Getting there: From Wilmington, follow Route 100 north for about 4 miles and go east on East Dover Road. Then take a left on Holland Road, and another left onto Cooper Hill Road. After 1.2 miles, take a right onto Rice Hill Road and follow it to the end for parking.
Hinesburg Town Forest
The 864-acre Hinesburg Town Forest includes a robust multi-use trail system, including extensive mountain bike trails. Established in the 1920s, this is one of Vermont’s earliest town forests and is listed on the National Register of Historic Places. There is a nice network of trails in the Hinesburg Town Forest, mostly created by Fellowship of the Wheel, a local organization that promotes mountain biking. Because the forest is wooded, there aren’t many expansive views. Still, hikers can catch views here and there of Lake Champlain, the Adirondacks, and some of the Green Mountains from open ledges on a trail called The Dragon’s Tail.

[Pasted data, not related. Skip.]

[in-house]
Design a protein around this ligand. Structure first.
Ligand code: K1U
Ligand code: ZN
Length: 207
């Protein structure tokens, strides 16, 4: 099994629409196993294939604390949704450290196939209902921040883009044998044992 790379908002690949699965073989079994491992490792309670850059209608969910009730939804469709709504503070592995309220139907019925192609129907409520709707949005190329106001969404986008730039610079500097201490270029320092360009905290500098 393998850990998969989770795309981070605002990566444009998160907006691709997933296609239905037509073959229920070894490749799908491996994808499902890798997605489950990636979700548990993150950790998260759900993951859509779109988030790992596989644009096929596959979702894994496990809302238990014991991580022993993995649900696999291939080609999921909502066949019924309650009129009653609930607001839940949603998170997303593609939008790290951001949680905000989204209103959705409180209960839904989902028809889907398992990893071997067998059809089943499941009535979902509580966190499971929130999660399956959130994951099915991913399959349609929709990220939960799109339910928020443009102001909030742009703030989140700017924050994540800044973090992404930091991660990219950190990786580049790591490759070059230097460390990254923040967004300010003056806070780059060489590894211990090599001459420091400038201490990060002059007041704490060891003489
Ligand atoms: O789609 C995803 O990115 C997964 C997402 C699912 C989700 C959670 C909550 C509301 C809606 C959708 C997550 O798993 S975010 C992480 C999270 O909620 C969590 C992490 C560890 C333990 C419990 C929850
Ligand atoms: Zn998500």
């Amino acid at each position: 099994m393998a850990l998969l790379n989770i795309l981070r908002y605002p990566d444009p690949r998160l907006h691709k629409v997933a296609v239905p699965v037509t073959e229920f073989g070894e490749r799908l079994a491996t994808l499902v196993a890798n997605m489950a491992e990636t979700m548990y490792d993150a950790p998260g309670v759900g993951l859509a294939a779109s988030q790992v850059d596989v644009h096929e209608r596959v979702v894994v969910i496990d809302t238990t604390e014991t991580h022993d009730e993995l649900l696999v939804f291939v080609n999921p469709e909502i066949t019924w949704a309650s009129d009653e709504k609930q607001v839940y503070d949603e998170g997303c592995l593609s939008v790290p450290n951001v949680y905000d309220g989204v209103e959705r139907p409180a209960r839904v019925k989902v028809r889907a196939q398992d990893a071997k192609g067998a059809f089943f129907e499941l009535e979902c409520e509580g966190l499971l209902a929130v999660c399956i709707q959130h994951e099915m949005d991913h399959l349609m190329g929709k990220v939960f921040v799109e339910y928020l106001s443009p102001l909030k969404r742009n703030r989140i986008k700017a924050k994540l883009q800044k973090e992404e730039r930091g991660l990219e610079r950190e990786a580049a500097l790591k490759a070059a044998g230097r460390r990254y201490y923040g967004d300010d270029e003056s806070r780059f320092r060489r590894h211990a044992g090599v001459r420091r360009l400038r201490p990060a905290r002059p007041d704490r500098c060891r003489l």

Getting there: From Burlington, take Interstate 89 south to Exit 12 onto Route 2A toward Route 116. In the center of town, turn left onto the CVU Road, and continue onto Texas hill Road. Turn right onto Hayden Hill Road East, where you can park and access the town forest.
Chester Town Forest
The 550-acre Chester Town Forest features a few nice trails for hiking, including The Lost Mine Trail and The Butternut Hill Trail. Hikers on the 2.2-mile Lost Mine Trail will encounter a mossy stream that runs through a steep-sided ravine, pine and hemlock groves, a high ridge line, and a historic mine. The abandoned talc production site along this trail is the Gould Mine of the old Carlton Quarry that operated between 1894 and the 1930s. The mine was the source of Chesterite, a silicate mineral with a unique crystal structure. Meanwhile, the 1.9-mile Butternut Hill Trail offers views of Vermont’s Stratton Mountain and Sunapee Mountain in New Hampshire.
Getting there: The parking area and trail-heads are easy to find by following Route 11 west of Chester. Take a right at the Stone Hearth Inn at 698 Route 11 west onto Reservoir Road to access the traill-heads. For Butternut Trail, follow Reservoir Road 1.8 miles to take a right onto Lovers Lane. The trail-head can be found on the right. For the Lost Mine Trial, follow Reservoir Road 0.9 miles to take a right onto Water Farm Road. The trail-head can be found 0.3 miles up on the right.